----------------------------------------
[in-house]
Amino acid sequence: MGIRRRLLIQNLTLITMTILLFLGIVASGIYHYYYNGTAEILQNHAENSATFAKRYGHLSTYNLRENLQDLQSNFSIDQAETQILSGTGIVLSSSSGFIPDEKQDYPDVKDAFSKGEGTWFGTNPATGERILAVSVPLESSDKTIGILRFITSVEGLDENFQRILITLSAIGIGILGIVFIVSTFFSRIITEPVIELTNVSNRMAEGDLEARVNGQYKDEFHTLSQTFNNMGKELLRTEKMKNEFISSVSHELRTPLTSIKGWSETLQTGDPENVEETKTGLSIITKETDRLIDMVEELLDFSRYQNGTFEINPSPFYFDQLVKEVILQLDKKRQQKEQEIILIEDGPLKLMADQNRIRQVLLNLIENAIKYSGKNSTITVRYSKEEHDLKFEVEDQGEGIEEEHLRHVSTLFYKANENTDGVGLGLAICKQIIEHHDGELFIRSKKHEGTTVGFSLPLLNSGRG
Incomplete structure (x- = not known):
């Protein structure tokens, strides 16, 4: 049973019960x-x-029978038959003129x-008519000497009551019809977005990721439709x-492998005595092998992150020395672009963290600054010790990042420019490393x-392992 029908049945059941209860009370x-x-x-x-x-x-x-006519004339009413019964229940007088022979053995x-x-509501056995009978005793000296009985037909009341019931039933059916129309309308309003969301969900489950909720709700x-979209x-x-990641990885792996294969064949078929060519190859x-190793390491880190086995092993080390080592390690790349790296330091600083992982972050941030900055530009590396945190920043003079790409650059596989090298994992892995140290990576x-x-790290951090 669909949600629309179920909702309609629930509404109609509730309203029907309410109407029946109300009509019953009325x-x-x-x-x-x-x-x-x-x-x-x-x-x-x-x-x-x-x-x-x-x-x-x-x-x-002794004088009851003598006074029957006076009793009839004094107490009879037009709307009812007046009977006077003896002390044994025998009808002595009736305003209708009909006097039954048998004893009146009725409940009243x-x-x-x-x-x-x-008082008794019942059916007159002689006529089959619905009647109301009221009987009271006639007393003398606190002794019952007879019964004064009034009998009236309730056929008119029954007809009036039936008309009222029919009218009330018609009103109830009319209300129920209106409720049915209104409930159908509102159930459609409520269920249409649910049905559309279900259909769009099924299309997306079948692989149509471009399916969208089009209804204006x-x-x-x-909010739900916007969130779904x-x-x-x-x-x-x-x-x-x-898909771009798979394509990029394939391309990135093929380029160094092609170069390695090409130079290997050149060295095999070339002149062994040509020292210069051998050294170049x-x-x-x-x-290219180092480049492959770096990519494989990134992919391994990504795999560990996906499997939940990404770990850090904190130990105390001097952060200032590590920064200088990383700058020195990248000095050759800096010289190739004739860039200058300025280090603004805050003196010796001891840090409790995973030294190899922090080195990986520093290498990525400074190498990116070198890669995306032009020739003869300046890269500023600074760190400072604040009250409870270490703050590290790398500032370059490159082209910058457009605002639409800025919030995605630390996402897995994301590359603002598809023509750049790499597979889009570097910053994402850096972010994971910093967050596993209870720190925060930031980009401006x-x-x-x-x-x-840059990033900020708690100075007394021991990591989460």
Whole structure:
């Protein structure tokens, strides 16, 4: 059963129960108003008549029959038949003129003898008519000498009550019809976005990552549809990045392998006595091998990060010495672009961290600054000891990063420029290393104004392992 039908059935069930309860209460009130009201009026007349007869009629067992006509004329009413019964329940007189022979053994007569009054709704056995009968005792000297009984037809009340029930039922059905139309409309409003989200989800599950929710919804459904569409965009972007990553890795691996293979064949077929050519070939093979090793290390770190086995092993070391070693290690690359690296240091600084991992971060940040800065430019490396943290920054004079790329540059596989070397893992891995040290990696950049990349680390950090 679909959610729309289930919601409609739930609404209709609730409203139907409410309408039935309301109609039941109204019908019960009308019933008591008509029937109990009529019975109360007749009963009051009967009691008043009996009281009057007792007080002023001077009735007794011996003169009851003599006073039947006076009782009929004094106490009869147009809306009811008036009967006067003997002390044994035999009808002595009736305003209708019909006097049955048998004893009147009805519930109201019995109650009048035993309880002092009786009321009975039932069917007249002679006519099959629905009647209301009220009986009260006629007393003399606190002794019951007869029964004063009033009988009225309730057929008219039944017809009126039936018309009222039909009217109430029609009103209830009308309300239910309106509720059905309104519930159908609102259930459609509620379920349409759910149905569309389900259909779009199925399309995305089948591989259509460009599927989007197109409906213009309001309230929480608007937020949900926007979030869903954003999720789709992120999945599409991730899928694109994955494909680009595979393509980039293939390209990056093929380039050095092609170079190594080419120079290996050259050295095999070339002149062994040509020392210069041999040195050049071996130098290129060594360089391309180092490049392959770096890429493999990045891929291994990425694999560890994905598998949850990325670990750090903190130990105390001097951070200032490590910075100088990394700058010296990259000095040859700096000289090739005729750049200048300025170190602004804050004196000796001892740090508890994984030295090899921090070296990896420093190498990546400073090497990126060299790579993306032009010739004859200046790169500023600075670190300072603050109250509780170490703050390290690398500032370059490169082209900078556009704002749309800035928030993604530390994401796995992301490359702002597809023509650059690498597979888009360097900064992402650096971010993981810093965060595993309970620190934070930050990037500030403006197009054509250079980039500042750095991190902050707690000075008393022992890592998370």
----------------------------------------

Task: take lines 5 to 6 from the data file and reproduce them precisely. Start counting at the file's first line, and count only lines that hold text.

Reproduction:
Whole structure:
């Protein structure tokens, strides 16, 4: 059963129960108003008549029959038949003129003898008519000498009550019809976005990552549809990045392998006595091998990060010495672009961290600054000891990063420029290393104004392992 039908059935069930309860209460009130009201009026007349007869009629067992006509004329009413019964329940007189022979053994007569009054709704056995009968005792000297009984037809009340029930039922059905139309409309409003989200989800599950929710919804459904569409965009972007990553890795691996293979064949077929050519070939093979090793290390770190086995092993070391070693290690690359690296240091600084991992971060940040800065430019490396943290920054004079790329540059596989070397893992891995040290990696950049990349680390950090 679909959610729309289930919601409609739930609404209709609730409203139907409410309408039935309301109609039941109204019908019960009308019933008591008509029937109990009529019975109360007749009963009051009967009691008043009996009281009057007792007080002023001077009735007794011996003169009851003599006073039947006076009782009929004094106490009869147009809306009811008036009967006067003997002390044994035999009808002595009736305003209708019909006097049955048998004893009147009805519930109201019995109650009048035993309880002092009786009321009975039932069917007249002679006519099959629905009647209301009220009986009260006629007393003399606190002794019951007869029964004063009033009988009225309730057929008219039944017809009126039936018309009222039909009217109430029609009103209830009308309300239910309106509720059905309104519930159908609102259930459609509620379920349409759910149905569309389900259909779009199925399309995305089948591989259509460009599927989007197109409906213009309001309230929480608007937020949900926007979030869903954003999720789709992120999945599409991730899928694109994955494909680009595979393509980039293939390209990056093929380039050095092609170079190594080419120079290996050259050295095999070339002149062994040509020392210069041999040195050049071996130098290129060594360089391309180092490049392959770096890429493999990045891929291994990425694999560890994905598998949850990325670990750090903190130990105390001097951070200032490590910075100088990394700058010296990259000095040859700096000289090739005729750049200048300025170190602004804050004196000796001892740090508890994984030295090899921090070296990896420093190498990546400073090497990126060299790579993306032009010739004859200046790169500023600075670190300072603050109250509780170490703050390290690398500032370059490169082209900078556009704002749309800035928030993604530390994401796995992301490359702002597809023509650059690498597979888009360097900064992402650096971010993981810093965060595993309970620190934070930050990037500030403006197009054509250079980039500042750095991190902050707690000075008393022992890592998370």